If you by any chance will be in Copenhagen in the coming months don’t miss out on visiting the ongoing exhibition held at Copenhagen Contemporary. It is a massively impressive audio and visual experience focusing on science, technology, music and art in a vibrant explosion of colors and patterns. And if you are still not convince let us share with you that Ryoji Ikeda is one the artists.

So, in CC’s biggest hall, the world-renowned Japanese artist and composer Ryoji Ikeda will present his monumental trilogy dataverse for the first time in Scandinavia. In three giant video projections, Ikeda composes a sensory explosion of images and sound, sampling open source data on motion obtained from scientific institutions, including CERN, NASA and the Human Genome ProjectThe huge audiovisual installation represents three worlds: the microscopic natural world of atoms, molecules, DNA and cells that is invisible to the human eye. The human world we live in on Earth with our brains and bodies, other organisms, cities, climates, internet, air traffic, satellites and so on. And finally, the macroscopic world – from our planet to the solar system, galaxies, the observable universe and potential multiverses.

In Pond Brain, the Finnish artist Jenna Sutela offers a sensual experience through the image of the human brain as a pond teeming with processes and communication pathways, accompanied by a soundscape of processed recordings of cosmic motion that links humanity to the universe.

In 3D animations, VR, AR, sound and immersive installations, the acclaimed Danish artist Jakob Kudsk Steensen creates poetic interpretations of overlooked natural phenomena, often in collaboration with biologists, composers and writers. Kudsk Steensen’s large-scale installation for Yet, It Moves! reflects his interest in time, wetlands and the states of water – from liquid to crystal. The work studies the complex forms of life inside a glacier in Switzerland, and poetically records the slow movement of nature in the rare and unique ice formations and their current decline.

The Croatian artist Nora Turato examines the transitory nature of language. For Yet, It Moves!, Turato has made a new three-part work: a live performance at CC, a film about the performance and a poster campaign that will appear in the streets of Copenhagen. In this series, Turato investigates the link between the spoken language, neuronal connections and the movement of the human body. In simple, synthetic sentences, the poster describes how the brain interlinks bodily impulses and words to create movement in the body and in other bodies around it.

The title of the project is a statement attributed to Galileo, who was forced by the Catholic Church to deny that the Earth moves around the sun, which would have robbed the Earth of its spot at the centre of the universe. Galileo bravely defended his theory, declaring, “Yet, it moves!” He was referring to the now universally known fact that, no matter what humans do, the Earth still moves as part of the greater movement of the universe, affecting us and the world we move in every day.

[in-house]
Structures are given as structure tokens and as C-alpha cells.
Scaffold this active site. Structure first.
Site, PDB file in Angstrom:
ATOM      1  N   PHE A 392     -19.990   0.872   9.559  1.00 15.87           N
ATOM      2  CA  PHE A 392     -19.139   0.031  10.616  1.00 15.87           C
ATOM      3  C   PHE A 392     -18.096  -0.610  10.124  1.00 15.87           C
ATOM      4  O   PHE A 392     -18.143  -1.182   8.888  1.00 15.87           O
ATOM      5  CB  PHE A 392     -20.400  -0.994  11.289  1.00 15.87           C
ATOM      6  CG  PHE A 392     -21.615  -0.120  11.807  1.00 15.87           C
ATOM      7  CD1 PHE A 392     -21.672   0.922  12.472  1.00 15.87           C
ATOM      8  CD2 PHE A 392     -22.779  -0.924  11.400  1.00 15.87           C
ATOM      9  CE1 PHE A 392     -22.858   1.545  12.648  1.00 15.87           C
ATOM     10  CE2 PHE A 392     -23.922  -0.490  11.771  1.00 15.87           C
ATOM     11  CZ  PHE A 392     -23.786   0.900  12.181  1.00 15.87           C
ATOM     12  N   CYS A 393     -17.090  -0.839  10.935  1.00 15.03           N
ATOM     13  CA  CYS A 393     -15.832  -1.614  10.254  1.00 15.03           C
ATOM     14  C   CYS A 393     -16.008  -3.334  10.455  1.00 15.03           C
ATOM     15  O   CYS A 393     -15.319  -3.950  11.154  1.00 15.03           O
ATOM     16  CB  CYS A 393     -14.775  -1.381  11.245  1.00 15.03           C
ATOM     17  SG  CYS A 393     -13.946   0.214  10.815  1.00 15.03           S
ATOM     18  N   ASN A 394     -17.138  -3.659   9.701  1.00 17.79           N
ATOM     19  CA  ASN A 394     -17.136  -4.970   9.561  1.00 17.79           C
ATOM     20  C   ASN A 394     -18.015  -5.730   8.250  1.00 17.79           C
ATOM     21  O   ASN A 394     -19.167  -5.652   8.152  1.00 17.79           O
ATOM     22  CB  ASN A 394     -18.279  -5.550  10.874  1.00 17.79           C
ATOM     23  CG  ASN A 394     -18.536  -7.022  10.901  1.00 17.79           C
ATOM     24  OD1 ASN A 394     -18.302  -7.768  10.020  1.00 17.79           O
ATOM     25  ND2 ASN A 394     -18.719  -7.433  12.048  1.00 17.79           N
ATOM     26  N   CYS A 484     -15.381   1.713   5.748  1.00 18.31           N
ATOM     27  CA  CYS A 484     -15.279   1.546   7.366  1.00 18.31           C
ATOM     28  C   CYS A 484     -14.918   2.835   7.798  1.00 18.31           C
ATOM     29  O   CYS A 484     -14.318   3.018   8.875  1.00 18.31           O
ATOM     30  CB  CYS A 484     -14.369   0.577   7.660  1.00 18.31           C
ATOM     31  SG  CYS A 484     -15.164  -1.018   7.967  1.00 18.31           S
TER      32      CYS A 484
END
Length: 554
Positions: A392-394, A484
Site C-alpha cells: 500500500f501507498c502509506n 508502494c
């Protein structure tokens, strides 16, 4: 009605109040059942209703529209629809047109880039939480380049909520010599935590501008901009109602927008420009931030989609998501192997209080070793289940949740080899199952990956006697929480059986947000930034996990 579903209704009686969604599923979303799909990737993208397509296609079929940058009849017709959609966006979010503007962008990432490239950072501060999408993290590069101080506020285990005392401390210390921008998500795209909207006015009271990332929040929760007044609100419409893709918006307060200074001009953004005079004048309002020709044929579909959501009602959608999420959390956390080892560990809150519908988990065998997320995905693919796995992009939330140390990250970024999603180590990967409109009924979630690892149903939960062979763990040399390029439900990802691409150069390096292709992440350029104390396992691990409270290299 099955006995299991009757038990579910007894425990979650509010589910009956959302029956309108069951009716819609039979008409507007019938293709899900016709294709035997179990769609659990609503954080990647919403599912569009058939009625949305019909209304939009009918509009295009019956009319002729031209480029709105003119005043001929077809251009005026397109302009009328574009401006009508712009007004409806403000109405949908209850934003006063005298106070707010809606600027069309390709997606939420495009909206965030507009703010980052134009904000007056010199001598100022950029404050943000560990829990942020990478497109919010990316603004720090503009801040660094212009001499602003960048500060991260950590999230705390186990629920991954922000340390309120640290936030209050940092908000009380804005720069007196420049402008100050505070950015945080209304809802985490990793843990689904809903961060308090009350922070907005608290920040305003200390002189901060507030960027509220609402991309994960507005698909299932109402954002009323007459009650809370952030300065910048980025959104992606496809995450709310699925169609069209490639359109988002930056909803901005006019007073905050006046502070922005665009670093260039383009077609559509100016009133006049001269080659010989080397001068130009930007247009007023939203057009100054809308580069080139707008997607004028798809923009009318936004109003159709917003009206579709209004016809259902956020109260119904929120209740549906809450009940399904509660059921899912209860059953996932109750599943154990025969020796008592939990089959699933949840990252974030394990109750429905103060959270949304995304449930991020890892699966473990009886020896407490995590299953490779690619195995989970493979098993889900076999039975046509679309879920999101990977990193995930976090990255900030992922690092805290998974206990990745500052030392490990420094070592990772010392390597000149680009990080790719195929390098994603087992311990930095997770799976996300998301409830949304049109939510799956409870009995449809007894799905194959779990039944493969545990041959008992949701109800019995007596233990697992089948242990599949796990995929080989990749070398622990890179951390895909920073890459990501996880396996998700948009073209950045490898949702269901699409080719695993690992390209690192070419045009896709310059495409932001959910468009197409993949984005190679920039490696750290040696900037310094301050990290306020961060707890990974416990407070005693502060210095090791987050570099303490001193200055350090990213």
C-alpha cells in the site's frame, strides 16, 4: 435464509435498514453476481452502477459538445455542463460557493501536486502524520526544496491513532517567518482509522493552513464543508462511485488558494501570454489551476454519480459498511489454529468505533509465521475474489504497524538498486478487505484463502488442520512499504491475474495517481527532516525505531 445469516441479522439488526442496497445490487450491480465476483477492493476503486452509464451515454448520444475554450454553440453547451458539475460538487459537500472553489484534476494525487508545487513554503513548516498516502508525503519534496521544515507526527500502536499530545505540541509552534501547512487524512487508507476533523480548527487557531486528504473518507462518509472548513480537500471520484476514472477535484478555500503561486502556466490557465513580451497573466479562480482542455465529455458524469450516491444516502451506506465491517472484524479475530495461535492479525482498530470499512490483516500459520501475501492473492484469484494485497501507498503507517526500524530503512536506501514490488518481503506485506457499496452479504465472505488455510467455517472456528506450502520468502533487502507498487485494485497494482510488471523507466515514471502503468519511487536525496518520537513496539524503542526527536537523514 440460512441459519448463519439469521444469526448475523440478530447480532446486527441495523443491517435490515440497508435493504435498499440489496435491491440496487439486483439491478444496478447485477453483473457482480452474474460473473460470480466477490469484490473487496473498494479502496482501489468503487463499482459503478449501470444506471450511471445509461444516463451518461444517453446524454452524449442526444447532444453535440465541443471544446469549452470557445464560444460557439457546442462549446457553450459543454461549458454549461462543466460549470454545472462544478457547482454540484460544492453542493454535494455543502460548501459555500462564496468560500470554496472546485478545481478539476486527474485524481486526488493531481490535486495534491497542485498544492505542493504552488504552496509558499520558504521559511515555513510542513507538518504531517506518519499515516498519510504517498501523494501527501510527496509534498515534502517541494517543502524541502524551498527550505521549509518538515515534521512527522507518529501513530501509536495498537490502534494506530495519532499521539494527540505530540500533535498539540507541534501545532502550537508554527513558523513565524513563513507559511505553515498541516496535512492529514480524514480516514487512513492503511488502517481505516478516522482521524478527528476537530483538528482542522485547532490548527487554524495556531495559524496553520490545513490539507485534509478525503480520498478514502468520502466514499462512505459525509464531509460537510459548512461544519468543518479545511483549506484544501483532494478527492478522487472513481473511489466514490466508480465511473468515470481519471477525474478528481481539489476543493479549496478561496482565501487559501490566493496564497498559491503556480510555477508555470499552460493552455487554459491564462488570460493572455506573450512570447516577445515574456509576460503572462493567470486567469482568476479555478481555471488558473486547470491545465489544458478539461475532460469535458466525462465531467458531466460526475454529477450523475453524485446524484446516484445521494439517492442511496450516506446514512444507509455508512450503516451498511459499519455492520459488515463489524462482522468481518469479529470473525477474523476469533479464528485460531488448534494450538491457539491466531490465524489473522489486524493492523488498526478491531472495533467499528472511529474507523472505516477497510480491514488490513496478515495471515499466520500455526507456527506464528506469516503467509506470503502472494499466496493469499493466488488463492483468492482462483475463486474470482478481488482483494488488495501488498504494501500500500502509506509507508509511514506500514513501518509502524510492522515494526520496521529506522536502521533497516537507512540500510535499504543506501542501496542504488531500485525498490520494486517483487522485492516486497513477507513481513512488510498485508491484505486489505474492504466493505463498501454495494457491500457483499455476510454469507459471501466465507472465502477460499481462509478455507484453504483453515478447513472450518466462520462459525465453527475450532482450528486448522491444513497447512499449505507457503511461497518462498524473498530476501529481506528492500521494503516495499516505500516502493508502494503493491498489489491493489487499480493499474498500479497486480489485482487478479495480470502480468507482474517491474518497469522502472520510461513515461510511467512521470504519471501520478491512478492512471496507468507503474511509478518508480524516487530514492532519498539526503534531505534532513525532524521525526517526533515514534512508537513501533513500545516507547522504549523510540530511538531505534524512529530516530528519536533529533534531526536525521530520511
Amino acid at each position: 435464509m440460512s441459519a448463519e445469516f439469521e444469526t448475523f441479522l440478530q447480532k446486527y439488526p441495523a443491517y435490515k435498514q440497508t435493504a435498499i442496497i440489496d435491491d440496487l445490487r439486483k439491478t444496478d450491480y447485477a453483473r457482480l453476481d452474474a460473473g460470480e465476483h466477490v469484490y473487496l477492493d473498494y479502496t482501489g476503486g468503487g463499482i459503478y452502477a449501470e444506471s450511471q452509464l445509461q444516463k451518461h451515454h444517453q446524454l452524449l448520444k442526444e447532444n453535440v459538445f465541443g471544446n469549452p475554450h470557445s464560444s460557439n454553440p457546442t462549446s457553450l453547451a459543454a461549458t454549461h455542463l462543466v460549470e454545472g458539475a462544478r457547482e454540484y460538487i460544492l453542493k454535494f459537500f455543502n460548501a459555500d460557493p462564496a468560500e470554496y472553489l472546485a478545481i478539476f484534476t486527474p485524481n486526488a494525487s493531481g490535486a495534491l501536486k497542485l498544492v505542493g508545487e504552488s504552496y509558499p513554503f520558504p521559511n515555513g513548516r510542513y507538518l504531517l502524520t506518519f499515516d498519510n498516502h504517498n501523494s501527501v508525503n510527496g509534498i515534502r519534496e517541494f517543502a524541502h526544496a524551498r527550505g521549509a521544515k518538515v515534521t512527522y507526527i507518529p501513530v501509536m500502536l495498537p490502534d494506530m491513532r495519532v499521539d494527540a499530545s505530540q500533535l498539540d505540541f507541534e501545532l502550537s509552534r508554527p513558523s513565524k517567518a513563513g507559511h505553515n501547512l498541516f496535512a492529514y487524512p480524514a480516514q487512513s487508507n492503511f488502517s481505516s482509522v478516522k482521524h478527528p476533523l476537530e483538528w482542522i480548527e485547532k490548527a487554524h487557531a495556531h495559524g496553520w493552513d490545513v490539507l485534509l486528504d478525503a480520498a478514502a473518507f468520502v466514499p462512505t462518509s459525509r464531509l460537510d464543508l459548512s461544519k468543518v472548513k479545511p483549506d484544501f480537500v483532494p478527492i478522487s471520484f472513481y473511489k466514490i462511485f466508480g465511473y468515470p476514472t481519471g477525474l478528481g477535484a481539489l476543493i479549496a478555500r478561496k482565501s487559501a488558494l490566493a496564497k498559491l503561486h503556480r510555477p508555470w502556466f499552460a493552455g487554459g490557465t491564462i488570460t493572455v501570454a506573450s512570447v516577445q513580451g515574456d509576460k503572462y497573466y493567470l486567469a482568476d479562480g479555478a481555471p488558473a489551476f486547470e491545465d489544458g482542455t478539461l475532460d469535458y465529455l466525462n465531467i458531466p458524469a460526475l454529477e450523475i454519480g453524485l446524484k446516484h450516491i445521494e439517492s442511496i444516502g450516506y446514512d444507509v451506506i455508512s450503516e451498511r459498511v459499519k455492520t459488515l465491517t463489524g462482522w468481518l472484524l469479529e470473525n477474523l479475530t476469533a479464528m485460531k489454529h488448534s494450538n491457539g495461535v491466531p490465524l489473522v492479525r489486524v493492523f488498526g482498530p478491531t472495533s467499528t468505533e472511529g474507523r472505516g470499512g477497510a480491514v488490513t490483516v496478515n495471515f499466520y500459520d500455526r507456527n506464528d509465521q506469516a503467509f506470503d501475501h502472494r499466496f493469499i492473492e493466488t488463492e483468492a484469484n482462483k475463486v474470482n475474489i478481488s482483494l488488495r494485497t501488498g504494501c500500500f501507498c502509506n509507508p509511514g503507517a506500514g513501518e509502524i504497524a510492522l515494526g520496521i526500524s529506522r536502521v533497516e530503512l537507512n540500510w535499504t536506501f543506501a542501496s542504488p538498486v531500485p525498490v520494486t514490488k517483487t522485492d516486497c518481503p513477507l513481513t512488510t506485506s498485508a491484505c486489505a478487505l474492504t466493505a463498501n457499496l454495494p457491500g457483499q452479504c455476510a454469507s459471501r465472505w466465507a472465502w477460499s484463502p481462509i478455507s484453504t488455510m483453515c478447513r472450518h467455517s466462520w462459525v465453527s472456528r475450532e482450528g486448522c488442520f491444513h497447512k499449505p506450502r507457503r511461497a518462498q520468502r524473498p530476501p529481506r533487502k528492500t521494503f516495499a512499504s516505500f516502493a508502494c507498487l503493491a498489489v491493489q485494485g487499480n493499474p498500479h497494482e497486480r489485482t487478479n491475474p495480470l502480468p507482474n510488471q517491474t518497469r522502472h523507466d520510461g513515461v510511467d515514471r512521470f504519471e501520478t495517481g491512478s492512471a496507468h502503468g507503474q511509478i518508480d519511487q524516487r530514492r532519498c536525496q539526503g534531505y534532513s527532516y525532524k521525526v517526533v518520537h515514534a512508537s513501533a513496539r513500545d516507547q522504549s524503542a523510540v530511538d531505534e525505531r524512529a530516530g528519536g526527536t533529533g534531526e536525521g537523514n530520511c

Yet, It Moves! kicks off with a big opening party on 11 May, and then the exhibition project will stay “in motion” with new works and conversations introduced over its run. From the biggest halls at CC, the exhibition will extend into the cityscape, including the inner city, Copenhagen Airport, the borough of Nørrebro, the Inner Harbour and Søndermarken Park – places where Copenhageners move around every day.

About the exhibition:

Experience the spectacular encounter with art and science in CC’s large new exhibition Yet, It Moves!  The pathbreaking research and exhibition project featuring a stellar array of Danish and international artists presents works at CC and in urban spaces across Copenhagen exploring the universe’s only constant: movement!

Over two years, specially selected artists have been working with some of the world’s most prominent research institutions. Now, the result is a range of spectacular works unfolding the theme of motion as an omnipresent phenomenon and raising our awareness of the many complex movement patterns we are all entangled in.

Nothing stands still. Even things we consider immutable are in constant motion – within, above and all around us. Motion is a fundamental premise of everything in the universe, from the tiniest atomic particles to the human body and the macrocosm of the stars. Recognized in glimpses, this greater, moving whole is embodied in spectacular artworks giving shape and form to complex phenomena like black holes, star formation and gravitational waves – from the macro scale of the expanding universe to the micro scale of atomic explosions and particle.